John Keegan “Leo” Casey

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Where: Unknown

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When: 01 January 1860

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John Keegan Casey, or as the police would say, John Keegan alias Leo Casey, in a very old and faded photograph for today’s image. A big change from the wide and crowded street of Kingscourt to the clouded and tragic world of the Fenian Brotherhood. What can we find out about John, and what happened to him?

+++ UPDATE +++
Thank you to everyone for the great information contributed about John Keegan Casey, who we found out was a poet, a teacher, a scholar, and a Fenian. BeachcomberAustralia found a great article in the Irish Times although he says it’s "hopefully reliable”. How very dare you? That’s the ‘paper of record’ you’re casting asparagus at! :))

Anyway, among many gems in that article by Denis Fahey was this interesting little nugget:
“His coffin was draped in silk banners of green white and orange, the first recorded use of a tricolour for this purpose, and thousands of people marched in a procession from his home to Glasnevin Cemetery.”

Photographers: Various

Collection: Irish Political Figures Photographic Collection

Date: ca. 1850-1870


You can also view this image, and many thousands of others, on the NLI’s catalogue at


Owner: National Library of Ireland on The Commons
Source: Flickr Commons
Views: 14430
irishpoliticalfiguresphotographiccollection nationallibraryofireland politicalfigures ireland photograph therisingofthemoon tellmeseanofarrell poet songwriter patriot fenian fenianbrotherhood johnkeegan leocasey johnkeegancasey

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    • 14/Apr/2020 08:08:47

    ... Rising of the moon... pikes together. he was a Fenian leader off now to Google as my 1860s/fenian history is very scattered.

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    • 14/Apr/2020 08:49:56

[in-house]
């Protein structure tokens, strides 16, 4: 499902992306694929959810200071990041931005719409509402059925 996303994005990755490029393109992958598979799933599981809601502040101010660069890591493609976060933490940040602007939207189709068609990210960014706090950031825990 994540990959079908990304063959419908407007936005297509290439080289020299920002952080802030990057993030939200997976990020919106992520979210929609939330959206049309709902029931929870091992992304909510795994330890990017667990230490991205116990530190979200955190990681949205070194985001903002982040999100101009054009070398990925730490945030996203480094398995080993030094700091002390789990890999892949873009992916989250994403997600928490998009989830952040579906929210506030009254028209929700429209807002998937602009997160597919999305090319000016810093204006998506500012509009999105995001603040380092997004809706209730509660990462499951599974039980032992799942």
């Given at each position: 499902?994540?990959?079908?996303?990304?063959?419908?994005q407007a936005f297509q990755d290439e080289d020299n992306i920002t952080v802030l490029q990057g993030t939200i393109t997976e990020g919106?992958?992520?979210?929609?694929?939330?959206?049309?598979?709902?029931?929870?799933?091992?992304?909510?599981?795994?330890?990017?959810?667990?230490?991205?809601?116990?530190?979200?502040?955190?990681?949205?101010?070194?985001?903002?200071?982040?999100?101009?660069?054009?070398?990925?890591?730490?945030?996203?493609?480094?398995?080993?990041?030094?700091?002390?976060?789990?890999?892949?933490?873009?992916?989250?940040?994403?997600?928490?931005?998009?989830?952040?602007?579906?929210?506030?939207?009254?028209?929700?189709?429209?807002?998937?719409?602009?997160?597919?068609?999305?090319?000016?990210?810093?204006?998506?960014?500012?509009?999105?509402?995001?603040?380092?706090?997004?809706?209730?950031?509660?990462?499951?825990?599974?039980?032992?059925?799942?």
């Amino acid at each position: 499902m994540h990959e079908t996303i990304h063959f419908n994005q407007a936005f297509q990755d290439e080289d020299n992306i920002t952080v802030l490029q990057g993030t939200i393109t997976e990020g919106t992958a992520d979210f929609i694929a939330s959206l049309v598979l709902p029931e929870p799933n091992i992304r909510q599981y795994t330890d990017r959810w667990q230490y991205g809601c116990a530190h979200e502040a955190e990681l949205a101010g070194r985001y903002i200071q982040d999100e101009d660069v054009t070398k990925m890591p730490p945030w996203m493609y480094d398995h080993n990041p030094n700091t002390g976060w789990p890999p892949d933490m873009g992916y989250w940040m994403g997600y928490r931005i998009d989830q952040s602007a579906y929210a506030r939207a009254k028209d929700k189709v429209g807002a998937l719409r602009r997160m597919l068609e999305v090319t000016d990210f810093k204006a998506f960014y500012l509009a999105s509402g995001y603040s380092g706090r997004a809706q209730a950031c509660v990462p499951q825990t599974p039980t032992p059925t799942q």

"And come tell me Sean O'Farrell, tell me why you hurry so Hush a bhuachaill, hush and listen and his cheeks were all aglow I bear orders from the captain, get you ready quick and soon For the pikes must be together at the rising of the moon At the rising of the moon, at the rising of the moon For the pikes must be together at the rising of the moon And come tell me Sean O'Farrell, where the gathering is to be At the old spot by the river quite well known to you and me"

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    • 14/Apr/2020 09:39:03

    Flickr is sometimes amazing! A very short bio including this photo, via [] [] Wikipedia is a bit thin - The "Leo" nickname was evidently a nom de plume when he had his first work published aged 16, according to this Trove 1890 article, which has a few other gems. He died aged 23 in 1870 and 50,000 people attended his funeral -

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    • 14/Apr/2020 10:21:35

    In the trove article, it mentions the Mation newspaper . . . John Mitchel, one of the 13 young Irelanders was the editor/maybe owner, I don't exactly recall.

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    • 14/Apr/2020 11:53:18

    Died when he was 23. Bit of a songster...

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    • 14/Apr/2020 11:56:22

    Middle top of the page. Died in 1870 while in prison, his sufferings broke down his health. See "Rising of the Moon" article

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    • 14/Apr/2020 13:08:14

    This is good and hopefully reliable -

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    Dún Laoghaire Micheál

    • 14/Apr/2020 14:02:28


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    • 14/Apr/2020 16:27:34

    "A Wreath of Shamrocks" by Leo

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    • 14/Apr/2020 17:28:50

    I'm embarrassed to admit I never heard of him until now. I know The Rising of the Moon, of course. Funnily enough, I was watching the film of the same name on TG4 on Sunday morning and it occurred to me to find out who wrote it, but I put it on the long finger and completely forgot until now. Superb info as usual. This is a great place to learn something.

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    • 14/Apr/2020 22:09:07

    Buenas fotos antiguas .

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    • 15/Apr/2020 06:51:18

    Coincidentally, and talking of Fenians, the just posted this contemporary 1868 photo of Henry James O'Farrell, an alcoholic loony with Fenian fantasies, who took a potshot at Prince Alfred, Duke of Edinburgh at a picnic in Clontarf, Sydney, NSW ... []

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    Dr. Ilia

    • 22/Apr/2020 08:00:07

    Amazing shot